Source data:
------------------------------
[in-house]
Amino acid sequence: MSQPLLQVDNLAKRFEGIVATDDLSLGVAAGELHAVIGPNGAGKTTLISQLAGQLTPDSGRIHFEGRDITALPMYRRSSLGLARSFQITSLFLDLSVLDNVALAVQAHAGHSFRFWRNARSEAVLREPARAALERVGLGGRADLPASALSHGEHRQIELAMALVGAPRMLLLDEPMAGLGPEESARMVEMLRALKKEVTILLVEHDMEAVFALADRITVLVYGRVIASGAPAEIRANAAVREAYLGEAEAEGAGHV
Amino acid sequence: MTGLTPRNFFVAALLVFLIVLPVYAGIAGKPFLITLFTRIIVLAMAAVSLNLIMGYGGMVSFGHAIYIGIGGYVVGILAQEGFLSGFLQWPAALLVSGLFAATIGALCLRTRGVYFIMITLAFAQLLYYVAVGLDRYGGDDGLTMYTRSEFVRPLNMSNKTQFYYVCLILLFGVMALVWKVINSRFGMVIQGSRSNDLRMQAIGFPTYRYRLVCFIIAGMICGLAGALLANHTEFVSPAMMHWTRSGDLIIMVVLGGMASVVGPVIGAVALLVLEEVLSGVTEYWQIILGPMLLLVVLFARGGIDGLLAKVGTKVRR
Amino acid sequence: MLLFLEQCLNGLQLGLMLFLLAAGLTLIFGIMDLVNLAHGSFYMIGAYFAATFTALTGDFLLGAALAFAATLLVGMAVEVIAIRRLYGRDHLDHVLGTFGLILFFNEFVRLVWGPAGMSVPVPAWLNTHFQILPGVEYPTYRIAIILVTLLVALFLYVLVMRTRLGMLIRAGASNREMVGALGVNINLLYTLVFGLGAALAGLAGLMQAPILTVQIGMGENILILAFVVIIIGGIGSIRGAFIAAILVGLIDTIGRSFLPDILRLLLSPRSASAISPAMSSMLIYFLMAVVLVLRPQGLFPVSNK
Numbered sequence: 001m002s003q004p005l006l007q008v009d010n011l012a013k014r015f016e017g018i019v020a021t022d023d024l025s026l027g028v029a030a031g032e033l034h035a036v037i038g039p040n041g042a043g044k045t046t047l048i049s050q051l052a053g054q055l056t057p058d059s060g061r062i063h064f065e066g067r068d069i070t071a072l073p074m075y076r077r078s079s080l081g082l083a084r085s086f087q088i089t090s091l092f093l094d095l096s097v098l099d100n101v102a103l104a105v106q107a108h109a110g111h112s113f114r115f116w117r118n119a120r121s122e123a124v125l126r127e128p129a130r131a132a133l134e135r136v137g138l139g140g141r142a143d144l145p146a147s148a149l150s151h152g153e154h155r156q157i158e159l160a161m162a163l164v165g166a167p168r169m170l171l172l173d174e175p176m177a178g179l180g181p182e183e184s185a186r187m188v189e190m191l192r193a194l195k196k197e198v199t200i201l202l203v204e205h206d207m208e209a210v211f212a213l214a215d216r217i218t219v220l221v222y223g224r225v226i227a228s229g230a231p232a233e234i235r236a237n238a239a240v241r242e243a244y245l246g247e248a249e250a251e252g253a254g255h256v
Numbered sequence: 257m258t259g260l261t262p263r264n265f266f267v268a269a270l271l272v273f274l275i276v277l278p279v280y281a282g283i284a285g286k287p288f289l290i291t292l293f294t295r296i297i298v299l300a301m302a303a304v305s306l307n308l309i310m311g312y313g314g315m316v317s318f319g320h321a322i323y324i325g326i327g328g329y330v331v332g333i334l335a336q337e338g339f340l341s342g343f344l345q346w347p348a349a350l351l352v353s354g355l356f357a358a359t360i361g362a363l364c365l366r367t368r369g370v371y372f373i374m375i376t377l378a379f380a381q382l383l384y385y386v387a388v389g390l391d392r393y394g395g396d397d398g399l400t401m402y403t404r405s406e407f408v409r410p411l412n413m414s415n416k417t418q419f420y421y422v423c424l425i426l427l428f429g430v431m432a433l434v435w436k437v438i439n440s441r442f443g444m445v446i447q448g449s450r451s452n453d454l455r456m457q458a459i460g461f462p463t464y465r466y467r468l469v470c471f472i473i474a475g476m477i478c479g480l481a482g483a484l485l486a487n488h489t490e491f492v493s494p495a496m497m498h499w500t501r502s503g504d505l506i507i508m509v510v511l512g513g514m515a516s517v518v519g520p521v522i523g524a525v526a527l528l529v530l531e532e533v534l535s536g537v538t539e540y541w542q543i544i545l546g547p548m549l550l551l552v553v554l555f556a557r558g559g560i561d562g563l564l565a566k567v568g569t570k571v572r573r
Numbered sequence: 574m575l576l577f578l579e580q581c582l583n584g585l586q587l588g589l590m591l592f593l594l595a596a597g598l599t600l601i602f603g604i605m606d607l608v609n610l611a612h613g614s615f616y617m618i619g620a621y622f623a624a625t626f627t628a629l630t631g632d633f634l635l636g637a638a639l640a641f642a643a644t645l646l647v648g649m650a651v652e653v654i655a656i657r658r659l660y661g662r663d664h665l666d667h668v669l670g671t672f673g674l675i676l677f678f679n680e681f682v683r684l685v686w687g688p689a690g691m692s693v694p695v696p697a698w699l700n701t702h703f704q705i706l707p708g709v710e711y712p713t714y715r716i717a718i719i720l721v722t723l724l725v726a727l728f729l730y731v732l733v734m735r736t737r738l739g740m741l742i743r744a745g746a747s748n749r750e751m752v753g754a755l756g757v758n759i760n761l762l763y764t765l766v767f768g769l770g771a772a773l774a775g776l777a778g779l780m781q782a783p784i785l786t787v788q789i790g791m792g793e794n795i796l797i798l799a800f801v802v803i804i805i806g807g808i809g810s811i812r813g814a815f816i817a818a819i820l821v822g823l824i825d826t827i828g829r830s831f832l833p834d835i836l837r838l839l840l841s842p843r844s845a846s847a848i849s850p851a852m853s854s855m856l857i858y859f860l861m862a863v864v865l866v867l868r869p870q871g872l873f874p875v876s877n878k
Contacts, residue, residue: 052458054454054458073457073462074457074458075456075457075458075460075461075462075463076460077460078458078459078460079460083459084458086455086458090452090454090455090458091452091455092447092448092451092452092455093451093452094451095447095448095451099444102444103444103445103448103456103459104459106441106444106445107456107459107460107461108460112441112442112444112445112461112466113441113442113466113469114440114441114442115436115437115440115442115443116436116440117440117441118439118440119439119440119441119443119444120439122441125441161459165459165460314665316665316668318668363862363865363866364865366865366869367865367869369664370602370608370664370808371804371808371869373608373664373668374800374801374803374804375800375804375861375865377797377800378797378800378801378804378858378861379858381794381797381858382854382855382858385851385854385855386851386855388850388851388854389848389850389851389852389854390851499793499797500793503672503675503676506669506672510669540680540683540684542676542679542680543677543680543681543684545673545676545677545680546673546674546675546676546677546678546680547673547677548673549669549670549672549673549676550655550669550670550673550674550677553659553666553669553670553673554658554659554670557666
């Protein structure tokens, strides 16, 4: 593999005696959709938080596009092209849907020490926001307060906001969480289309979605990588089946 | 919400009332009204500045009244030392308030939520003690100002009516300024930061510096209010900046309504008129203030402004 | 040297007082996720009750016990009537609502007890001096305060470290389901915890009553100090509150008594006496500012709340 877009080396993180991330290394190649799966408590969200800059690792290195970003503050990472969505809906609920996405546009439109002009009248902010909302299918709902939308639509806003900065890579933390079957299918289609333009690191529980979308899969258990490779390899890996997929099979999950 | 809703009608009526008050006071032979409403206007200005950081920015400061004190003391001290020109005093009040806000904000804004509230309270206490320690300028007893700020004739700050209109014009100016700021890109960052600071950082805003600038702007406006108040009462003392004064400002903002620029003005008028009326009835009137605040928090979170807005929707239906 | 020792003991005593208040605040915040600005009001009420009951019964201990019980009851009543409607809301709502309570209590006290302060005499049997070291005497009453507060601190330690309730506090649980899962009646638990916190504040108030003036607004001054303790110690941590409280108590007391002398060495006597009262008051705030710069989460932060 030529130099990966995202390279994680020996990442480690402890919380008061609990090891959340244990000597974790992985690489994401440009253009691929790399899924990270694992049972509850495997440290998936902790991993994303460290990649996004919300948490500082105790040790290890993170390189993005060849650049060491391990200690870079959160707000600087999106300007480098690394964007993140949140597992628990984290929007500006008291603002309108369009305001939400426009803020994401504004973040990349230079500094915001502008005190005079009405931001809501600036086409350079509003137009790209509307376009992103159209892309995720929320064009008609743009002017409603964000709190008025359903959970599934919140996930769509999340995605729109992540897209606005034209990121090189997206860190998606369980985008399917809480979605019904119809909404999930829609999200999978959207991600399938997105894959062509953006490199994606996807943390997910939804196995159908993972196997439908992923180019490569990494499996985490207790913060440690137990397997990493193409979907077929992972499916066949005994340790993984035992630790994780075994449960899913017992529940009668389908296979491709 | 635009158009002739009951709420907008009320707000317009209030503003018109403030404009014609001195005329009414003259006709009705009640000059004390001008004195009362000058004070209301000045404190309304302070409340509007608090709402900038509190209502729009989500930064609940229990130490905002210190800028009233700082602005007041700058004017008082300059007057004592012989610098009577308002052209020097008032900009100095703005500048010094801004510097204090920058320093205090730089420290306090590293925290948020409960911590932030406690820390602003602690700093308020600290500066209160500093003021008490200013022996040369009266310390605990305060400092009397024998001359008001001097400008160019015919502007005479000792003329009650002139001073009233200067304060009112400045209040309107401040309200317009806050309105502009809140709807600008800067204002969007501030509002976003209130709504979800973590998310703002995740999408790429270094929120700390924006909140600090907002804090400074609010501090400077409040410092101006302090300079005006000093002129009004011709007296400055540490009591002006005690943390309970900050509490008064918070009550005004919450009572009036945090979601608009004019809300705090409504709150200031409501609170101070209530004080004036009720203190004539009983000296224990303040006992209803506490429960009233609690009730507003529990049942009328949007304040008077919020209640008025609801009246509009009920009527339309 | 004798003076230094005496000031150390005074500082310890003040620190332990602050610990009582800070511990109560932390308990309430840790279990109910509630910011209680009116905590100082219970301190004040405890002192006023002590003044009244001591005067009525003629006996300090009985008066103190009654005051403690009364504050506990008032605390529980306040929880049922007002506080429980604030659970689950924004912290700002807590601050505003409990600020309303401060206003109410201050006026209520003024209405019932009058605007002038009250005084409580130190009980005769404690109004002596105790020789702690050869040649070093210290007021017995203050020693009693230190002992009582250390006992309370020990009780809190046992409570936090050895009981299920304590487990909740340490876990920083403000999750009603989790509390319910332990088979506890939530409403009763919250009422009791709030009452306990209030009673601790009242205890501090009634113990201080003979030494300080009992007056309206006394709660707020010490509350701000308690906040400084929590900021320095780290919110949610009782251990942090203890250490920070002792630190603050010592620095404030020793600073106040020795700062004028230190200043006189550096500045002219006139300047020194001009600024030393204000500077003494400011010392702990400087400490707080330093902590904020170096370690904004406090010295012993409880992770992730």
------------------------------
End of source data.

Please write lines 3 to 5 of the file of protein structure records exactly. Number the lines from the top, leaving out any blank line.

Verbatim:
Amino acid sequence: MTGLTPRNFFVAALLVFLIVLPVYAGIAGKPFLITLFTRIIVLAMAAVSLNLIMGYGGMVSFGHAIYIGIGGYVVGILAQEGFLSGFLQWPAALLVSGLFAATIGALCLRTRGVYFIMITLAFAQLLYYVAVGLDRYGGDDGLTMYTRSEFVRPLNMSNKTQFYYVCLILLFGVMALVWKVINSRFGMVIQGSRSNDLRMQAIGFPTYRYRLVCFIIAGMICGLAGALLANHTEFVSPAMMHWTRSGDLIIMVVLGGMASVVGPVIGAVALLVLEEVLSGVTEYWQIILGPMLLLVVLFARGGIDGLLAKVGTKVRR
Amino acid sequence: MLLFLEQCLNGLQLGLMLFLLAAGLTLIFGIMDLVNLAHGSFYMIGAYFAATFTALTGDFLLGAALAFAATLLVGMAVEVIAIRRLYGRDHLDHVLGTFGLILFFNEFVRLVWGPAGMSVPVPAWLNTHFQILPGVEYPTYRIAIILVTLLVALFLYVLVMRTRLGMLIRAGASNREMVGALGVNINLLYTLVFGLGAALAGLAGLMQAPILTVQIGMGENILILAFVVIIIGGIGSIRGAFIAAILVGLIDTIGRSFLPDILRLLLSPRSASAISPAMSSMLIYFLMAVVLVLRPQGLFPVSNK
Numbered sequence: 001m002s003q004p005l006l007q008v009d010n011l012a013k014r015f016e017g018i019v020a021t022d023d024l025s026l027g028v029a030a031g032e033l034h035a036v037i038g039p040n041g042a043g044k045t046t047l048i049s050q051l052a053g054q055l056t057p058d059s060g061r062i063h064f065e066g067r068d069i070t071a072l073p074m075y076r077r078s079s080l081g082l083a084r085s086f087q088i089t090s091l092f093l094d095l096s097v098l099d100n101v102a103l104a105v106q107a108h109a110g111h112s113f114r115f116w117r118n119a120r121s122e123a124v125l126r127e128p129a130r131a132a133l134e135r136v137g138l139g140g141r142a143d144l145p146a147s148a149l150s151h152g153e154h155r156q157i158e159l160a161m162a163l164v165g166a167p168r169m170l171l172l173d174e175p176m177a178g179l180g181p182e183e184s185a186r187m188v189e190m191l192r193a194l195k196k197e198v199t200i201l202l203v204e205h206d207m208e209a210v211f212a213l214a215d216r217i218t219v220l221v222y223g224r225v226i227a228s229g230a231p232a233e234i235r236a237n238a239a240v241r242e243a244y245l246g247e248a249e250a251e252g253a254g255h256v